susanthe said...


I don't know that I'm a good example. I wanted off the pills because I'm an addict. Not an opiate addict, but I've been sober/clean for 28 years. I know more than most people do about addiction. My recovery had also progressed to a point where my pain was lessened - but those 8 broken ribs started singing again when I got off the drugs.

Not everyone is ready to be off pain medication when they leave the hospital. My husband had multiple myeloma - cancer of the bone marrow and blood plasma. His bones broke constantly. Taking him off pain medications while his bones were breaking during the end of his life would have been monstrous.

I think there needs to be much better communication between doctors and patients about pain and about medication.

We also need to stop stigmatizing addicts and actually help them in ways that make sense. Recovery from opiate addiction isn't easy, but it is possible.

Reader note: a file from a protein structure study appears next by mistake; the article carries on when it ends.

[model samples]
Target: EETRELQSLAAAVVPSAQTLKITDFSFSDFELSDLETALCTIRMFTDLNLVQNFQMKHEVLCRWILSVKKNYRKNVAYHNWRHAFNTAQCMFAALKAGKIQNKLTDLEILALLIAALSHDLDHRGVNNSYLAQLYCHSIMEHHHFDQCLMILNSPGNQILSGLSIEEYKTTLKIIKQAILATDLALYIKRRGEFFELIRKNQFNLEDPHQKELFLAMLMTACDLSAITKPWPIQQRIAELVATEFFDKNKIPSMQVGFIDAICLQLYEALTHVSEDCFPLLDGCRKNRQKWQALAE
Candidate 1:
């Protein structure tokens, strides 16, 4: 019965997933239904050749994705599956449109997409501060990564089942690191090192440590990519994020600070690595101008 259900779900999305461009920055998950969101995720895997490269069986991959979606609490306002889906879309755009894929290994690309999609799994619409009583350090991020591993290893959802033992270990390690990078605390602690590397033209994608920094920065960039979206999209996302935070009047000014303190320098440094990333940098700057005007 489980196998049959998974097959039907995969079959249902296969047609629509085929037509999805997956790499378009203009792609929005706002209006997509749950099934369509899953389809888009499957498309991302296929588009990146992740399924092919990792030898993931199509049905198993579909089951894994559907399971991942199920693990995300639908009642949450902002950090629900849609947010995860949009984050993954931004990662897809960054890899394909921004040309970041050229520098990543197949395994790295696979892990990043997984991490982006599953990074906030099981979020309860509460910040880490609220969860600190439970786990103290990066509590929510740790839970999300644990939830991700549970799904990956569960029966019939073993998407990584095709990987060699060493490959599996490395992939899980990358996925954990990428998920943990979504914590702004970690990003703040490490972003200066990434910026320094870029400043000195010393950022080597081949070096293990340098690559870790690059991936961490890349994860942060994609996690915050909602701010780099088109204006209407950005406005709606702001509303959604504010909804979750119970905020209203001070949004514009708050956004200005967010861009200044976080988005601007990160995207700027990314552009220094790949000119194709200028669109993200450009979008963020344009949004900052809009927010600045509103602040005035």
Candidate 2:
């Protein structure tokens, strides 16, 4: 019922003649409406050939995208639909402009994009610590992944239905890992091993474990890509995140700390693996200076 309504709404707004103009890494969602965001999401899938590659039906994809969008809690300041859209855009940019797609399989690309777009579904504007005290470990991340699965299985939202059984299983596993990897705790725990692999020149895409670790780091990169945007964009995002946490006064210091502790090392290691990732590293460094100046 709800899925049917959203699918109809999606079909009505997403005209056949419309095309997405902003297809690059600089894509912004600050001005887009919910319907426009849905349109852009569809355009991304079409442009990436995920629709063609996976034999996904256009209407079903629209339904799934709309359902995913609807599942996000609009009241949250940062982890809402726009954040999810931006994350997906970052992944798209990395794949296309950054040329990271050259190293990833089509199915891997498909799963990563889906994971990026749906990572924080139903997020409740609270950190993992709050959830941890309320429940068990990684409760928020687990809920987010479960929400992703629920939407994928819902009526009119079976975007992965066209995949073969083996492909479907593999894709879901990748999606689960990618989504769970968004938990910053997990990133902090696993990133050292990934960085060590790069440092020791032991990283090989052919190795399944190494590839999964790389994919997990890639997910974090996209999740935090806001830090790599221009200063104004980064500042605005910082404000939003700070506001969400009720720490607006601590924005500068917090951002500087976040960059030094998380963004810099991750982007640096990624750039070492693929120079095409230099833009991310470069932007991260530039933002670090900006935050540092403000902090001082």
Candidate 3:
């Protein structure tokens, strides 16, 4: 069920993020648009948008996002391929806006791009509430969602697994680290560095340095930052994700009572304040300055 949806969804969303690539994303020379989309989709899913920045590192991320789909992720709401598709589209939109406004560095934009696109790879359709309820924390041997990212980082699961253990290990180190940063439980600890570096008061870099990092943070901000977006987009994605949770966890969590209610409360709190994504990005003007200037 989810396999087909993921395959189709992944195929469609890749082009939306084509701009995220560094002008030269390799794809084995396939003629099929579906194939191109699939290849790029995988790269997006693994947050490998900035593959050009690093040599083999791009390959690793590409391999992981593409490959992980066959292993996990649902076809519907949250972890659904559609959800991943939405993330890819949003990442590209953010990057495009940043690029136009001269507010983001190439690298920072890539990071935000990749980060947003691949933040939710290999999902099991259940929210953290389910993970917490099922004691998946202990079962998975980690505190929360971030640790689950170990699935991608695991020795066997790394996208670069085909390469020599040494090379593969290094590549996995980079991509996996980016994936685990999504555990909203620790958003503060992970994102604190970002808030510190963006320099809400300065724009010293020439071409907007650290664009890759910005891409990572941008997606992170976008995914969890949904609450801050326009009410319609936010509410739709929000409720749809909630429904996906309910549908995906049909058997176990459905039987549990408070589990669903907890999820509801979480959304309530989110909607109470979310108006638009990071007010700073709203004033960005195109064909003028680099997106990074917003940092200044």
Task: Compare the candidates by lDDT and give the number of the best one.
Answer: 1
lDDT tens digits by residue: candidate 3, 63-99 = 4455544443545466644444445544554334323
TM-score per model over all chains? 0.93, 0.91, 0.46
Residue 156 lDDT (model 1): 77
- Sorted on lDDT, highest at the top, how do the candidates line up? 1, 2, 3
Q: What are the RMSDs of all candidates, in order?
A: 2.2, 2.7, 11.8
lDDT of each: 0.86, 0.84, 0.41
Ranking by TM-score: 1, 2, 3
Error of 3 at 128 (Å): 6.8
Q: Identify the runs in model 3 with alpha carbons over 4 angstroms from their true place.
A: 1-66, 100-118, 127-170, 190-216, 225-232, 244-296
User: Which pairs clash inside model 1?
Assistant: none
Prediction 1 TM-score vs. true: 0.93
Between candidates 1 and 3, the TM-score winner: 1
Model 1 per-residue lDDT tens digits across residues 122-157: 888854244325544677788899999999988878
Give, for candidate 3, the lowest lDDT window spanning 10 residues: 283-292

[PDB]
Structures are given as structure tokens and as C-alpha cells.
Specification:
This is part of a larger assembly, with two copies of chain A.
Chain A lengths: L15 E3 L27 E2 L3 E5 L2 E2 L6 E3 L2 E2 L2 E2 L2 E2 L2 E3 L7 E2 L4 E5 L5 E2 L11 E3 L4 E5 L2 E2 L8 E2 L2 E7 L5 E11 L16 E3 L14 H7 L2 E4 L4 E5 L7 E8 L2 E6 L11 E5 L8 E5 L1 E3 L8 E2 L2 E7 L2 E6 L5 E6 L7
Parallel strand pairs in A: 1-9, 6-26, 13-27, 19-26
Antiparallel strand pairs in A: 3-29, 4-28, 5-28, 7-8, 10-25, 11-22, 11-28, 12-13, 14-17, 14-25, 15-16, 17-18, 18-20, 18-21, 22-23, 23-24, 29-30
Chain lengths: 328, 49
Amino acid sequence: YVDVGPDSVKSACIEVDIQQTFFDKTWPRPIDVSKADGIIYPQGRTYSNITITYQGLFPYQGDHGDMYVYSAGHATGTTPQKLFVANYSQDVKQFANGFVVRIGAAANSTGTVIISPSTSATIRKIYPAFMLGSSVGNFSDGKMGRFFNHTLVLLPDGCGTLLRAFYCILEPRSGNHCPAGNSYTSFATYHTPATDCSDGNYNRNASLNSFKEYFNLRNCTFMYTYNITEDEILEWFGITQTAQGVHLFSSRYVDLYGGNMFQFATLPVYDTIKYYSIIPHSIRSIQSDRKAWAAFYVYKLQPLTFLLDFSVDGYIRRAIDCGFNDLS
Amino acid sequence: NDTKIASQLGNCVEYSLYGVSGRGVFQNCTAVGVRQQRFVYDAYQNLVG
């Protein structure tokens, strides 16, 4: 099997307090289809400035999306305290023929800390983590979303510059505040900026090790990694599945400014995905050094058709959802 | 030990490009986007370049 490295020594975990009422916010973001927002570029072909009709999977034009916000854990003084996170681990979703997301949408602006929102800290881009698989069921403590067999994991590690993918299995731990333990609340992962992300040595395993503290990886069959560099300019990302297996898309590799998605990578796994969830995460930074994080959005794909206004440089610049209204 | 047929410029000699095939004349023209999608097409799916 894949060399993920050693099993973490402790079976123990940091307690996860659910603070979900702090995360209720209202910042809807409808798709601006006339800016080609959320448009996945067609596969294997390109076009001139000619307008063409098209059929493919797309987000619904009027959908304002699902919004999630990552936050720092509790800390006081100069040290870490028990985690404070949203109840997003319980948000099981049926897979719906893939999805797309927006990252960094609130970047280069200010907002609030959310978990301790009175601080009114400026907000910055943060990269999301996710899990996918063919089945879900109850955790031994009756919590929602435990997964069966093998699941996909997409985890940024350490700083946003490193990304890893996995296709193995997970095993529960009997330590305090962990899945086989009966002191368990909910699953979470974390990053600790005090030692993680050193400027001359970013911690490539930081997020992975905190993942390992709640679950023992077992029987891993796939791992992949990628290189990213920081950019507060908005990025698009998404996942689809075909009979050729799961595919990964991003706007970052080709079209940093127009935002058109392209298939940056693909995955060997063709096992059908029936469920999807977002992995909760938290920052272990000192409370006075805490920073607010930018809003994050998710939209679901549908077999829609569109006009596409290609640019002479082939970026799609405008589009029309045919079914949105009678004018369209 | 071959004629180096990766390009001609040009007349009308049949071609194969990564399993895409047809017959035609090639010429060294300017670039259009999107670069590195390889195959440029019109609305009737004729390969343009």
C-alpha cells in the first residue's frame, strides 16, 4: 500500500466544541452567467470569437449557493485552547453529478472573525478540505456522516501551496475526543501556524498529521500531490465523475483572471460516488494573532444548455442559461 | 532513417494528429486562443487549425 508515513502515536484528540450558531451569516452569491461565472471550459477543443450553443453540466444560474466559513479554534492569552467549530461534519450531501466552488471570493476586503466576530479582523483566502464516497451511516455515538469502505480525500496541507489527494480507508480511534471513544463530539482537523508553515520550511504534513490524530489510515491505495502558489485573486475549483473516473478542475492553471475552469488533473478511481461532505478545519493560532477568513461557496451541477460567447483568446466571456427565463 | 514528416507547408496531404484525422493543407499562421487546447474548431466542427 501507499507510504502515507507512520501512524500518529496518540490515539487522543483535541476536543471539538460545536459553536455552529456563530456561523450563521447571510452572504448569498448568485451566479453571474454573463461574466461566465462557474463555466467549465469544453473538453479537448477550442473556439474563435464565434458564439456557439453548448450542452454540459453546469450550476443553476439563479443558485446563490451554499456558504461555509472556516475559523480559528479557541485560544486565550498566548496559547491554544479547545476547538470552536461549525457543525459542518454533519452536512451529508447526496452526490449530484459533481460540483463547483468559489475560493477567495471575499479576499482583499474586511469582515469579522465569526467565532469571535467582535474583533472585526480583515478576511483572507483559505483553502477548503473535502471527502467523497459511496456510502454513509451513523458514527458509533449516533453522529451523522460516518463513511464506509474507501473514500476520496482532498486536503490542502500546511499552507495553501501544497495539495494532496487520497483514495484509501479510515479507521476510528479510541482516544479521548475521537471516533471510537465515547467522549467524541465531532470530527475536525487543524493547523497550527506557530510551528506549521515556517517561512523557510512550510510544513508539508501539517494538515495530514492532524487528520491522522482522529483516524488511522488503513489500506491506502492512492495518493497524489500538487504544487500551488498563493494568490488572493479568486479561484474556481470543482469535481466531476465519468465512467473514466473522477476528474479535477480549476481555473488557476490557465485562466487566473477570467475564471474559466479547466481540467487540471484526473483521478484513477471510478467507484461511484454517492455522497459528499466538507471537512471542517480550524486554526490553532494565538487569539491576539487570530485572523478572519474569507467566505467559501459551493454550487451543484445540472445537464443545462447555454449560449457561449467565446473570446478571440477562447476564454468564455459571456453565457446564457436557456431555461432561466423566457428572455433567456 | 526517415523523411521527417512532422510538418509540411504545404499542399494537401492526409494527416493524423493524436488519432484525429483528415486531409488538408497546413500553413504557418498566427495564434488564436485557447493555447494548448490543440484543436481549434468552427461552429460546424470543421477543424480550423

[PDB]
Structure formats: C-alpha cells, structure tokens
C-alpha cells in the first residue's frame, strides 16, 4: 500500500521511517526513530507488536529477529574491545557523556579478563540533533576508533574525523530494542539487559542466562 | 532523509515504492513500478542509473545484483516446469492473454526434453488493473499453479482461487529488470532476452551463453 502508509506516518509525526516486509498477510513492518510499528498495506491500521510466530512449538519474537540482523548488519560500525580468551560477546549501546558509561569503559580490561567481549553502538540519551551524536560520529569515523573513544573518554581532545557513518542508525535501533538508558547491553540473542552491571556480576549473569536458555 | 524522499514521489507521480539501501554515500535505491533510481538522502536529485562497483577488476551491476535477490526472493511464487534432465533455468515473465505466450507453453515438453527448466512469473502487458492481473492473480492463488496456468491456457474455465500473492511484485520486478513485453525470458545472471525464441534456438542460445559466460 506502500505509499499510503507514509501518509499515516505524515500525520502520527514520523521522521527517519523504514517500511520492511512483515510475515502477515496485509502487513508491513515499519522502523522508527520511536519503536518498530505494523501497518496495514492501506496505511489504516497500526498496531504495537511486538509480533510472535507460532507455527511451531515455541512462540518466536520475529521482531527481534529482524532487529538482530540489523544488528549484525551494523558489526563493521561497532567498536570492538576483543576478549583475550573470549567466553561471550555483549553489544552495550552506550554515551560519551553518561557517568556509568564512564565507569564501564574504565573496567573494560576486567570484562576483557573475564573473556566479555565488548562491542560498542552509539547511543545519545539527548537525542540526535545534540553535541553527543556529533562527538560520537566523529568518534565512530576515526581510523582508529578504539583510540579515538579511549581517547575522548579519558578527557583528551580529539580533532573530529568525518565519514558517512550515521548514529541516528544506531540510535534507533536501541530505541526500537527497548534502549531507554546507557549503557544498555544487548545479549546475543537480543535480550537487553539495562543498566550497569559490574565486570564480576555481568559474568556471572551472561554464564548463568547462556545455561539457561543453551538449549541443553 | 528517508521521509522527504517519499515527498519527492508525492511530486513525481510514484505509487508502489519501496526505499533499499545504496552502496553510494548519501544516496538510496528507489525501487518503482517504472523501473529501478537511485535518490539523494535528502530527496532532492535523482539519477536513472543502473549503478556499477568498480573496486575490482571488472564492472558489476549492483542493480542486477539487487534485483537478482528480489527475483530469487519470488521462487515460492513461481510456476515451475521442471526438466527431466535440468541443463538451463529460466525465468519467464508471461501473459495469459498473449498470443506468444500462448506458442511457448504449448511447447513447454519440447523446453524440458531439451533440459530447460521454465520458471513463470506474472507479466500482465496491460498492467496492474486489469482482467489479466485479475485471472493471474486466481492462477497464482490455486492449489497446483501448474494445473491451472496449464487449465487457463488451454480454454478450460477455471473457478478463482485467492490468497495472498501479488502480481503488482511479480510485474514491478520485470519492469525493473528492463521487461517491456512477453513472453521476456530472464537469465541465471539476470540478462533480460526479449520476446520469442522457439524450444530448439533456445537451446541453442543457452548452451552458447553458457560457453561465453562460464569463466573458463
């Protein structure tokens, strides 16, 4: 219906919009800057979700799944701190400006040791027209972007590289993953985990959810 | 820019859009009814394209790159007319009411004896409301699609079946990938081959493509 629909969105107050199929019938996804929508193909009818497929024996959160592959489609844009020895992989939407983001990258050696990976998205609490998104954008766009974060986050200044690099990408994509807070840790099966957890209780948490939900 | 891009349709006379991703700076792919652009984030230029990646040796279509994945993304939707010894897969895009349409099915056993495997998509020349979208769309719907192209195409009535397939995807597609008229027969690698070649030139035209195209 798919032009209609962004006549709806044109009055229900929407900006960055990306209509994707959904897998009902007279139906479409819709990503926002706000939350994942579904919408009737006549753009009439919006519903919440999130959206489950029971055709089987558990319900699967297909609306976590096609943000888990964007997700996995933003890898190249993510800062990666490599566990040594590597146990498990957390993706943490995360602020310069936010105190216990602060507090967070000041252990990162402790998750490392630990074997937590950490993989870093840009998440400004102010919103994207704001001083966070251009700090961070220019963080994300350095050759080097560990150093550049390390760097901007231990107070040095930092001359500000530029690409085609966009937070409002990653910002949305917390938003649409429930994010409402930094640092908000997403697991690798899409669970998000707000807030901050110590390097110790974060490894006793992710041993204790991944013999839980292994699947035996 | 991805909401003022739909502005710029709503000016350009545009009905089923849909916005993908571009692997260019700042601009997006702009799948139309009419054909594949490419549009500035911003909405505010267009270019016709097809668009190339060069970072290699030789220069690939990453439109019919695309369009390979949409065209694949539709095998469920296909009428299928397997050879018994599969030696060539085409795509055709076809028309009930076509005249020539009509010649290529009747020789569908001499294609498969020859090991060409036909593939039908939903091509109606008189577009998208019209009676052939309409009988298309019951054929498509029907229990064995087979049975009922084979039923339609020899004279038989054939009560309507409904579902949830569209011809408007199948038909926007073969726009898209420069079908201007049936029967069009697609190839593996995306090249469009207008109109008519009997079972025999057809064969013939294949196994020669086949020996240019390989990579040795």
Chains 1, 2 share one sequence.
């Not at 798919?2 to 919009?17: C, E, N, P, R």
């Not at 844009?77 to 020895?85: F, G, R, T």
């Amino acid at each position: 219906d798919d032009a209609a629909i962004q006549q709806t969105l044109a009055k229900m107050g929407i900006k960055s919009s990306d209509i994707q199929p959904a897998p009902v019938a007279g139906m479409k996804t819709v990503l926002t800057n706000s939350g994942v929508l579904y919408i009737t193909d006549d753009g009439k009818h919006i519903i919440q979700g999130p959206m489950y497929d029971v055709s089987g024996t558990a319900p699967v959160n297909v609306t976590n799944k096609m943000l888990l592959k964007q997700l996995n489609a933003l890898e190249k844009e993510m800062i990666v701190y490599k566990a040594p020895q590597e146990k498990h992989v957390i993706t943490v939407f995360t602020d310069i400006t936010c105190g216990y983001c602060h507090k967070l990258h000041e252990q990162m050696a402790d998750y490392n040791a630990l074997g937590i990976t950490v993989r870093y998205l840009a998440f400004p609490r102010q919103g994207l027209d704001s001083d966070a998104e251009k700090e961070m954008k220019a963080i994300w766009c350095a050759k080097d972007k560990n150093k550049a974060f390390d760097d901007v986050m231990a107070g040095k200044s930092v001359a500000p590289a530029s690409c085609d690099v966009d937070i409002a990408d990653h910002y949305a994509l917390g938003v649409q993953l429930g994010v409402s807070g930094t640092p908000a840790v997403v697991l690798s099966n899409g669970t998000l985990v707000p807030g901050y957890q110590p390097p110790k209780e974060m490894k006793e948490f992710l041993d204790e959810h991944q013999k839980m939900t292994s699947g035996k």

Tom St.Martin said...

Well written and spot on as always, Susan. Saw this piece in the Sun a few weeks back, this is first opportunity I've had to say I'm glad to hear of your recovery, though I didnt even know of your injury. In the words of one of my mountain biking idols, sounds like you were really quite tweaked. :O !
I congratulate you on your wisdom & strength to get away from the meds. I know 5 opioid addicts. Every one of them got their start on prescription painkillers. I'm pretty sure not one of them woke up one morning and thought 'You know, I'd really like to be an addict'. And I'm equally sure none of them wants to be. But getting out of that hole is lots harder than falling into it.